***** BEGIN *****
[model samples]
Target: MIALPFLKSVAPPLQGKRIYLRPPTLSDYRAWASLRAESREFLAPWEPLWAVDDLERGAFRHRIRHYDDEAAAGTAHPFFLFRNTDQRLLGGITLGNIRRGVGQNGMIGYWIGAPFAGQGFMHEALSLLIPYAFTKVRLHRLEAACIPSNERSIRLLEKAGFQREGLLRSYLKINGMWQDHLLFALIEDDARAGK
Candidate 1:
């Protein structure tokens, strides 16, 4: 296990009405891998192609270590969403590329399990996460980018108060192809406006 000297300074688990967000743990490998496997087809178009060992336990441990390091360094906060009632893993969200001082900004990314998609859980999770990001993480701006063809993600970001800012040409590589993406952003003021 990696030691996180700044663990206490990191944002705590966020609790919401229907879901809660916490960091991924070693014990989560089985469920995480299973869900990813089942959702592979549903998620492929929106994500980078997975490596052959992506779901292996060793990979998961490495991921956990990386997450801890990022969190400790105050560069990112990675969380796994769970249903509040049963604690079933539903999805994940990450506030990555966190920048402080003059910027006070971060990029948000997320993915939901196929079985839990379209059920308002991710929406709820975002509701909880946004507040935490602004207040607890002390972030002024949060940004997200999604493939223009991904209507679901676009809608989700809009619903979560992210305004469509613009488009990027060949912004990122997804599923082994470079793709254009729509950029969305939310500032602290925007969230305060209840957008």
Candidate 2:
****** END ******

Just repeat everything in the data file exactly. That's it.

[model samples]
Target: MIALPFLKSVAPPLQGKRIYLRPPTLSDYRAWASLRAESREFLAPWEPLWAVDDLERGAFRHRIRHYDDEAAAGTAHPFFLFRNTDQRLLGGITLGNIRRGVGQNGMIGYWIGAPFAGQGFMHEALSLLIPYAFTKVRLHRLEAACIPSNERSIRLLEKAGFQREGLLRSYLKINGMWQDHLLFALIEDDARAGK
Candidate 1:
């Protein structure tokens, strides 16, 4: 296990009405891998192609270590969403590329399990996460980018108060192809406006 000297300074688990967000743990490998496997087809178009060992336990441990390091360094906060009632893993969200001082900004990314998609859980999770990001993480701006063809993600970001800012040409590589993406952003003021 990696030691996180700044663990206490990191944002705590966020609790919401229907879901809660916490960091991924070693014990989560089985469920995480299973869900990813089942959702592979549903998620492929929106994500980078997975490596052959992506779901292996060793990979998961490495991921956990990386997450801890990022969190400790105050560069990112990675969380796994769970249903509040049963604690079933539903999805994940990450506030990555966190920048402080003059910027006070971060990029948000997320993915939901196929079985839990379209059920308002991710929406709820975002509701909880946004507040935490602004207040607890002390972030002024949060940004997200999604493939223009991904209507679901676009809608989700809009619903979560992210305004469509613009488009990027060949912004990122997804599923082994470079793709254009729509950029969305939310500032602290925007969230305060209840957008």
Candidate 2: